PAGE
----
Apple iPhone 6 Plus Review: Is Bigger Better?

Article Index

Summary and Conclusion

We said this in prior years with the iPhone 5 and iPhone 5s, but we'll say it again this go around; the latest iPhone (the 6 Plus, in this case) is indeed the best iPhone yet. Not only have Apple's internal upgrades delivered a phone that's fast and a pleasure to use, but its expansive 5.5-inch 1080p panel brings about an entirely new iPhone experience. At long last, Apple offers a jumbo-sized iPhone. Performance wise, the iPhone 6 Plus is also a very strong competitor.


It's markedly faster than the iPhones before it, and its optimized CPU cores and powerful GPU make it a formidable opponent for even best-of-class Android-based devices as well. And despite some initial missteps, iOS 8 is also a step up in our opinion, marking a new era of openness for Apple perhaps, as it allows third-party keyboards and gives developers access to parts of the OS that it had previously kept off-limits.

The iPhone 6 Plus is a unique beast for Apple. It’s the largest iPhone ever created, and the first engineered specifically to compete with so-called phablets running Android and Windows Phone. It has also experienced a design overhaul — after the iPhone 5s maintained the same exterior as the iPhone 5, it was due for a refresh. The new exterior is sleek, thin, and classy. Despite the large 5.5-inch panel, it doesn’t feel unwieldy in the hand, the build quality is top-shelf, the display is gorgeous, and battery life is improved. 

That said, we do think Apple could have made better use of chassis real estate.  The iPhone 6 Plus does seem needlessly large, when you consider LG got 5.5-inches of display into the G3, a handset that is roughly the same size as the Samsung Galaxy S5. In fact, the iPhone 6 Plus' "plus size" might be a deal-breaker for some.


Those hoping to nab a smartphone, that (mostly) will replace their camera on family trips, need look no further. With the exception of scenarios that require specialized lenses, the iPhone 6 Plus has a camera that’ll satisfy most every novice and amateur out there. Taking photos is faster than ever, and the detail/sharpness in each image is very good. Some may slam the protruding lens, which doesn’t sit flush with the phone’s back, but given the image quality we aren’t inclined to nitpick. Not to mention, this beast is very deserving of a slip case, at which point the protrusion is a non factor.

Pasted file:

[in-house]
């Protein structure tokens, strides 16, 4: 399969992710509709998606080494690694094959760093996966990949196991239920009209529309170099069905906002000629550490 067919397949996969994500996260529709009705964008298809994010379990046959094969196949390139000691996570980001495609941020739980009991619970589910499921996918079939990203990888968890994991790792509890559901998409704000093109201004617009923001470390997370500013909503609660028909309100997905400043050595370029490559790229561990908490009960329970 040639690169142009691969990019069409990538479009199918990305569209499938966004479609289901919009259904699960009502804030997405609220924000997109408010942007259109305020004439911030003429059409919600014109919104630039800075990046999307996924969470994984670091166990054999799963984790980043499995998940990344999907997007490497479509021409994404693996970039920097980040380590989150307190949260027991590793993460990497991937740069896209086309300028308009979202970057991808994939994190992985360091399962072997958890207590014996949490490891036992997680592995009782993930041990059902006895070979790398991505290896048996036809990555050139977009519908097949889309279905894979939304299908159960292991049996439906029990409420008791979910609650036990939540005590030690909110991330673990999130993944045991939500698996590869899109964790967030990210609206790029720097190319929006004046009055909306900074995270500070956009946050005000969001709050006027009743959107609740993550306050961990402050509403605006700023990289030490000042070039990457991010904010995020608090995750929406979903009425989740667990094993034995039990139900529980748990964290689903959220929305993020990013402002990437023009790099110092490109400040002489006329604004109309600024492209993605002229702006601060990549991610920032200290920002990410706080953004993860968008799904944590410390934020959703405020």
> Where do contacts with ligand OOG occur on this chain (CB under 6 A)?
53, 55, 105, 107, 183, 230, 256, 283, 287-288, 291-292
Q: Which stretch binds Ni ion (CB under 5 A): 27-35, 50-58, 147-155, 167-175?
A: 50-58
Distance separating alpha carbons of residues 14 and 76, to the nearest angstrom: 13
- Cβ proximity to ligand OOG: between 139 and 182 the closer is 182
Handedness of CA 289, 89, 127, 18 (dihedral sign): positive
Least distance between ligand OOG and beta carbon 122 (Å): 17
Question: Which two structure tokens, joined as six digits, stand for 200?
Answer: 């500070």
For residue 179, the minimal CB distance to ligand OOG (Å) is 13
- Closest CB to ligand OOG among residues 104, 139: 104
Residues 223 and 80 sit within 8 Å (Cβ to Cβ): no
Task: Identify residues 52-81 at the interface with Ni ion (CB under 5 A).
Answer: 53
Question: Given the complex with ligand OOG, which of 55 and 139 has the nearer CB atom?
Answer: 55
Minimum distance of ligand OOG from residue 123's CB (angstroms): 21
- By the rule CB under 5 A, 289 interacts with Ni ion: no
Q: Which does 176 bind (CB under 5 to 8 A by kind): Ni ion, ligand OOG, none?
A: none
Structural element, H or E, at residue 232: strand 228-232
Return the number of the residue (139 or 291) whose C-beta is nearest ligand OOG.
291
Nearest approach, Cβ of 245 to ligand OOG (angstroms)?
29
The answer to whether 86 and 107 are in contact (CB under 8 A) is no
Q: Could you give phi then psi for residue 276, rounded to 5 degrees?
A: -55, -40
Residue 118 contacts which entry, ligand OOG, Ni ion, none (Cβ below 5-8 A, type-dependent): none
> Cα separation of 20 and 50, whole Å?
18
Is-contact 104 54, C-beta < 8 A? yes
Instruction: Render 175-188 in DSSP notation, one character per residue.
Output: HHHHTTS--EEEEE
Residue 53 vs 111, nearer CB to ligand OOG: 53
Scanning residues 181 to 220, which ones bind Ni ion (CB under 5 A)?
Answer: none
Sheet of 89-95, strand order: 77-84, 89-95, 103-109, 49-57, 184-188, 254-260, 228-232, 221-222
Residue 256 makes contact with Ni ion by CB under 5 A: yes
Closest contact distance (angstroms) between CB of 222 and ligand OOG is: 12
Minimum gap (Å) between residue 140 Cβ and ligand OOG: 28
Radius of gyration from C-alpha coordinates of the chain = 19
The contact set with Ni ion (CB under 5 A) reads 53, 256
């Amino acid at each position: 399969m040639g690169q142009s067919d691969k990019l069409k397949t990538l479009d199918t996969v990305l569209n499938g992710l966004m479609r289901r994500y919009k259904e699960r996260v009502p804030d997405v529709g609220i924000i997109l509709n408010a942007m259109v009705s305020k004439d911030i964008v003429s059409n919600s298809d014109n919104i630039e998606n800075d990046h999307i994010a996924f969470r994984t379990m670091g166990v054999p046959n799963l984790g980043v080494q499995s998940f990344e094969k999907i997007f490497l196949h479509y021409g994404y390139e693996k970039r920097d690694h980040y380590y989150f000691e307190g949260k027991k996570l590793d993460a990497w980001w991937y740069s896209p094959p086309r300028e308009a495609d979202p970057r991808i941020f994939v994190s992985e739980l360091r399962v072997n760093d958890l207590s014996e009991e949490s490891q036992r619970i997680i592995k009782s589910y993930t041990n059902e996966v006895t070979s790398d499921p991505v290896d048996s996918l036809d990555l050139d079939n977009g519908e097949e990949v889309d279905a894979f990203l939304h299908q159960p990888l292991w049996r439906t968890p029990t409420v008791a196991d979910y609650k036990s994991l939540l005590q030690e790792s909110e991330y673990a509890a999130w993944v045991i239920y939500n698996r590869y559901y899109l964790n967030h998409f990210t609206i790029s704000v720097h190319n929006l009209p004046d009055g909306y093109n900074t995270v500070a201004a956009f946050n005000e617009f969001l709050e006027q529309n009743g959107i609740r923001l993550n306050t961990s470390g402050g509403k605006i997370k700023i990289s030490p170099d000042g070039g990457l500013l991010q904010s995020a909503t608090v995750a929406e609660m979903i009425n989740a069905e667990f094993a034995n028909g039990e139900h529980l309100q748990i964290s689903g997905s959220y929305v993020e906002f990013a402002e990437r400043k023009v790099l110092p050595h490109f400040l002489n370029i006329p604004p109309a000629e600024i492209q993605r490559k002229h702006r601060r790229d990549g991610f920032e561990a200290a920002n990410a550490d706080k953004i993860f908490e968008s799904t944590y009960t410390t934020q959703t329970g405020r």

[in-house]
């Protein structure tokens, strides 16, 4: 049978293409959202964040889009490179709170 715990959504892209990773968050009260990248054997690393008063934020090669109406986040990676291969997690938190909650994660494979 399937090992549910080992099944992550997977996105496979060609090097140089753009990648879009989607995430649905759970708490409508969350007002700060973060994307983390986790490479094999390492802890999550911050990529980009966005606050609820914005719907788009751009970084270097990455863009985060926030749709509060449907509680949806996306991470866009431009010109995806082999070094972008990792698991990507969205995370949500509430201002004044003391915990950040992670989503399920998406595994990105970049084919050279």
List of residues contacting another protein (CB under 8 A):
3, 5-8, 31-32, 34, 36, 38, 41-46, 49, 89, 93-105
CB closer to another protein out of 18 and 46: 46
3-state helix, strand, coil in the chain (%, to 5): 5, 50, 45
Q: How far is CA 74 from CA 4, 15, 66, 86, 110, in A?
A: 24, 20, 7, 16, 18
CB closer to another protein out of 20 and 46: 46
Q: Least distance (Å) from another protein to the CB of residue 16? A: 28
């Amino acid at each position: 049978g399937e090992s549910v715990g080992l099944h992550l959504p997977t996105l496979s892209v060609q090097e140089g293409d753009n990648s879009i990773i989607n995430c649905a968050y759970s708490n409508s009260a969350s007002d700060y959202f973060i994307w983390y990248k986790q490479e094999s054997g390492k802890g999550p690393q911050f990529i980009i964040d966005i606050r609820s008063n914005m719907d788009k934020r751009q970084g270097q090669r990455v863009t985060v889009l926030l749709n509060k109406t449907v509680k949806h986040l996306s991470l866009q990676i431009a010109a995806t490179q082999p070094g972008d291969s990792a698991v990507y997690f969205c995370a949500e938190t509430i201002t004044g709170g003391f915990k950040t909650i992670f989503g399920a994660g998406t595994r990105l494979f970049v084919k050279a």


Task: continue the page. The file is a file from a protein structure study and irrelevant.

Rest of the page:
On the software front, iOS 8 opens up all new possibilities for Apple’s developers. For the first time, third-party keyboards are welcome. Additionally, users can look forward to more customized notifications and notifications that can be responded to from anywhere on the phone. Yes, a lot of this was on Android years ago, but Apple has adopted many of these conventions and has done so with minimal complexity. The software experience on the 6 Plus is very good, with buttery smooth transitions in every single test we threw at it.


It's unfortunate that Apple missed its chance to ditch the 16GB option (32GB really should be the minimum on a handset that starts at $749 unsubsidized) and there's no microSD expansion slot, so buy carefully. At least it included a 128GB option at the high-end for those obsessed with local storage. Moreover, there's no weather-proofing here, which might be another missed opportunity. Many rival flagships, including handsets from Sony, HTC and Samsung, ship with waterproof designs. As it stands, you'll need a special case to use your 6 Plus underwater, at the pool, etc.

If you’ve been holding out for a jumbo-sized iPhone, the 6 Plus won’t disappoint. It’s fast and attractive. It’s a terrific upgrade for those on the iPhone 5 and below, and even those on the 5s will appreciate the new-found screen real estate. Where it gets complicated is comparing it to the Galaxy Note 4 and similarly-sized Android phones. As of now, Android is still more customizable when it comes to big-screen usage. Options like a stylus and multi-window modes enable productivity hounds to get more done. Apple hasn’t included or enabled things like this just yet. For those perfectly content with their Android-based phablet, there’s not enough here to rip those roots up and reestablish within the iOS ecosystem. However, once Apple Pay is more widespread, developers better integrate apps with iOS 8 and leverage the additional screen real-estate available, that could change.
 
   
 
  • Beautiful, high-quality design
  • Great general and gaming performance
  • Great camera performance
  • Crisp, sharp 5.5" 1080p display
  • Third-party keyboard support with iOS 8
  • Good battery life
  • NFC included
 
  • No wireless charging
  • No water or dust-proofing like many rivals
  • Could use more internal storage for the base model
  • Chassis seems needlessly large in spots

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